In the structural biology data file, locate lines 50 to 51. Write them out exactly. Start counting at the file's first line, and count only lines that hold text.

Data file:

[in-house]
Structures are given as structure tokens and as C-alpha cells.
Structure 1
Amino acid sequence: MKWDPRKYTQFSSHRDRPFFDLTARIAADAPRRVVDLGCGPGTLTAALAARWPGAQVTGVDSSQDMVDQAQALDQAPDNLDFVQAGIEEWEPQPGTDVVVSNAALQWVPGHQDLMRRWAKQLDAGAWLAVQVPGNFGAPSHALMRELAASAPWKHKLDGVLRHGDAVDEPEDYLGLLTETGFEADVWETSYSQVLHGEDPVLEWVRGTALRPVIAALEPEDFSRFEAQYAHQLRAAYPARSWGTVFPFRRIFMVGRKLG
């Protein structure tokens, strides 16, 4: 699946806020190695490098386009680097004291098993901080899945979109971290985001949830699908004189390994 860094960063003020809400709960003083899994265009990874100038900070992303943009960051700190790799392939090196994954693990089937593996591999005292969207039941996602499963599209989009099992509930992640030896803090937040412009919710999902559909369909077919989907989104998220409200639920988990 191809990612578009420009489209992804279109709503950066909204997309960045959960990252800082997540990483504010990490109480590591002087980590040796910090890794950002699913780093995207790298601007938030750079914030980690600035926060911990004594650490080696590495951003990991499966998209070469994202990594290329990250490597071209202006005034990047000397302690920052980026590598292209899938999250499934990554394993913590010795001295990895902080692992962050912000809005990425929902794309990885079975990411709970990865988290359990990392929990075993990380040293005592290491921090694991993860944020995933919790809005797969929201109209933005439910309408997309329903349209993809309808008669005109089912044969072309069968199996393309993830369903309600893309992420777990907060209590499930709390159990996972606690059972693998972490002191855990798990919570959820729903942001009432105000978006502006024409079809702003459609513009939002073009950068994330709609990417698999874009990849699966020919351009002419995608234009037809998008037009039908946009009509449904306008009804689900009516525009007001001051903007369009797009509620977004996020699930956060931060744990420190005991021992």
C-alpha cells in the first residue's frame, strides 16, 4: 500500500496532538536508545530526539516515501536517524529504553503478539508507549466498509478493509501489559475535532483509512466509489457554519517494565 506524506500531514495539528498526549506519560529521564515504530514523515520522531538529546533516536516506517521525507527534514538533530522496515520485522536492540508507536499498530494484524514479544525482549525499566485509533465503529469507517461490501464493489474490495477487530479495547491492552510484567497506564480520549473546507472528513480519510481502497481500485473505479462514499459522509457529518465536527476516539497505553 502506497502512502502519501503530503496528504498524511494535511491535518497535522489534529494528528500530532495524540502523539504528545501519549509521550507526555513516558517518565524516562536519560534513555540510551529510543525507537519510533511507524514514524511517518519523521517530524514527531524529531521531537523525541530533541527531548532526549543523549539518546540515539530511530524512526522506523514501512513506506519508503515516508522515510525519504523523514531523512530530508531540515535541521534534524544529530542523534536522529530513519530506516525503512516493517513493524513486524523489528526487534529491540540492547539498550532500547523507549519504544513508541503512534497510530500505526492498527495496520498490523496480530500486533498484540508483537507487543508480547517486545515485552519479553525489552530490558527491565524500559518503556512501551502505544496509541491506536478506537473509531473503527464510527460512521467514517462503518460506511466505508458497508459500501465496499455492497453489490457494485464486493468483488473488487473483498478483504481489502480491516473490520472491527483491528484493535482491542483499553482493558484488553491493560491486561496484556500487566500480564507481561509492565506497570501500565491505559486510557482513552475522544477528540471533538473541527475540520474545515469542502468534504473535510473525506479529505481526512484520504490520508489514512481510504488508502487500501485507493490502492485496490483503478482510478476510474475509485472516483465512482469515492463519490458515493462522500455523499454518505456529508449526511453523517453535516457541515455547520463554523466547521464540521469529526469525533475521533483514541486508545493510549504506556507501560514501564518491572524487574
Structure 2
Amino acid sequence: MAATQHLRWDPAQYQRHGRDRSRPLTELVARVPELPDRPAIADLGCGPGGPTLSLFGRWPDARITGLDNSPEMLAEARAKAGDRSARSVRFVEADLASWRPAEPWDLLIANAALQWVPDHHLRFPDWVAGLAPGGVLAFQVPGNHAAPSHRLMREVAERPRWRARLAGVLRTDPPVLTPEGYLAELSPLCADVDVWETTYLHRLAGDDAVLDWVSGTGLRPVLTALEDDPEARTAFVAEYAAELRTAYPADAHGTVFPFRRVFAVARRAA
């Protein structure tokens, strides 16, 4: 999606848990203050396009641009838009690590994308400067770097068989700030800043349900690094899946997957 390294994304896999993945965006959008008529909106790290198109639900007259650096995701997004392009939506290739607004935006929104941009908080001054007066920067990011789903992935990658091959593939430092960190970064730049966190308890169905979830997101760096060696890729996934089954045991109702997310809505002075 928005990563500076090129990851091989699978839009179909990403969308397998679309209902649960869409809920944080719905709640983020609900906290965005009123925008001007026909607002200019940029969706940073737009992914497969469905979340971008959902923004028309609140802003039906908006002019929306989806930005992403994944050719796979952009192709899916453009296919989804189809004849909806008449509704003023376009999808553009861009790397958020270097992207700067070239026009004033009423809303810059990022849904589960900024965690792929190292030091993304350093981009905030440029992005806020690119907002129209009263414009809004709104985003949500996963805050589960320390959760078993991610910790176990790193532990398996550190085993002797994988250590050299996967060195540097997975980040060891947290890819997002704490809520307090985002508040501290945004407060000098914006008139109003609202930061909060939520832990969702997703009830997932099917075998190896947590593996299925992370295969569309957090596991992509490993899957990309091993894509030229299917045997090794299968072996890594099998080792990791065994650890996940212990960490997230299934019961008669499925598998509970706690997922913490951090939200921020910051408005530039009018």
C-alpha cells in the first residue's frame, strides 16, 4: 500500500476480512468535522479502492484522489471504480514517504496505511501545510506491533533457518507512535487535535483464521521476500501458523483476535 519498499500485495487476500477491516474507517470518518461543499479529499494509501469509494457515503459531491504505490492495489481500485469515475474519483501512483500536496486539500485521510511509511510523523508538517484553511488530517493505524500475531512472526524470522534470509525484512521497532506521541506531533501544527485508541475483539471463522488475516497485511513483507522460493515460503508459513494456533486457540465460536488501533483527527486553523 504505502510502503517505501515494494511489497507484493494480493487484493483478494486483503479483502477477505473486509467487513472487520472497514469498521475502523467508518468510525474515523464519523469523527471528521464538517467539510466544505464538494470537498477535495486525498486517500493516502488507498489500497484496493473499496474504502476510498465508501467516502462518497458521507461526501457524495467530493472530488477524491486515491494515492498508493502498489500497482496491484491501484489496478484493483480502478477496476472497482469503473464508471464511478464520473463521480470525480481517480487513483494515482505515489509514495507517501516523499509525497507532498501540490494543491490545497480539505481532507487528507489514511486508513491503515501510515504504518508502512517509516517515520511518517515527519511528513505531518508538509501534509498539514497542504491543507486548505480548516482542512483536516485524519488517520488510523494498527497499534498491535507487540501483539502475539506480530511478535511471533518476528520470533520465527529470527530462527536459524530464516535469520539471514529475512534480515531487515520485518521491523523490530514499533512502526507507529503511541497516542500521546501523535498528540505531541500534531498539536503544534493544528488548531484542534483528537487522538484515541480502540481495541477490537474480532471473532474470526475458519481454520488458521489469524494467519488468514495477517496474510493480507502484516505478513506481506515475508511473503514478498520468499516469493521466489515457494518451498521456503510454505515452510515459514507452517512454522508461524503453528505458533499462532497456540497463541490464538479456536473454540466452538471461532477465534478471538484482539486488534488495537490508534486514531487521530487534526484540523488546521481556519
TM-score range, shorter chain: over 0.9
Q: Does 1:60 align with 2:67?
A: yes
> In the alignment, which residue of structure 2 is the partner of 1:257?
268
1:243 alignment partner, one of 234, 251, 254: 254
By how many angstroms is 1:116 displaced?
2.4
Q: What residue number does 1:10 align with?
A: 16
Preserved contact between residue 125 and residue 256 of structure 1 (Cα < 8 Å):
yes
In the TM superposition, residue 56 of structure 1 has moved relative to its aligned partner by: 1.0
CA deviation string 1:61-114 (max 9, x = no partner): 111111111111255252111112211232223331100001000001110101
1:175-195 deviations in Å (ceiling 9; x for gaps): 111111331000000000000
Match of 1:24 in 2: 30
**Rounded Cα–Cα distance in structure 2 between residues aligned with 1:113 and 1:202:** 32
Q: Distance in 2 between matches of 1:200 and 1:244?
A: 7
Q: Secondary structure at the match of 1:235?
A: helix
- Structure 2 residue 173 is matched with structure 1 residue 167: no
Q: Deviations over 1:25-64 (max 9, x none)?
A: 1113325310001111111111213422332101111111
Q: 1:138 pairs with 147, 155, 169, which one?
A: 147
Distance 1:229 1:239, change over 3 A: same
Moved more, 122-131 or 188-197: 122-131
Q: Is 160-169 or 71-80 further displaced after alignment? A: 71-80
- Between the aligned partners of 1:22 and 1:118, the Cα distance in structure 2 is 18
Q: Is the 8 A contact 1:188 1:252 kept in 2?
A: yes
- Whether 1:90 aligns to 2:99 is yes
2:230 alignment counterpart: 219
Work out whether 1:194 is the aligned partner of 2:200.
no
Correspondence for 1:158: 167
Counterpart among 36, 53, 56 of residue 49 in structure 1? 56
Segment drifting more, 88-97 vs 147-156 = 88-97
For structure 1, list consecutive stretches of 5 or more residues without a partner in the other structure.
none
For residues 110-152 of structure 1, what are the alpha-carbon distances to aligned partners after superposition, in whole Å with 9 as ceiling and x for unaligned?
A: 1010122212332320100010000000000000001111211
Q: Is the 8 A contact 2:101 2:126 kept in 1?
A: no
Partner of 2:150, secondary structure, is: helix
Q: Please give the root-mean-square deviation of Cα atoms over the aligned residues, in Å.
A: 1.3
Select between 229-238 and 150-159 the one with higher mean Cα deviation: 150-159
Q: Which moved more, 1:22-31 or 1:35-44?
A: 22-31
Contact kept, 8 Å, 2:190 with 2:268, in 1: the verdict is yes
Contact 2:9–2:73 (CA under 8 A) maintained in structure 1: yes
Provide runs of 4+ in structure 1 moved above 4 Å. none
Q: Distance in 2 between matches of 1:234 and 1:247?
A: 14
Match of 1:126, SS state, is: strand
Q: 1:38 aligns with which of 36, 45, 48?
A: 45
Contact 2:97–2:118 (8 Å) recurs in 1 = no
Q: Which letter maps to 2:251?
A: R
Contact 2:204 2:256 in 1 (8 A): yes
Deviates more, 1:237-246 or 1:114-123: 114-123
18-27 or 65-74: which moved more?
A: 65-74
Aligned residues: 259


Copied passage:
For structure 1, list consecutive stretches of 5 or more residues without a partner in the other structure.
none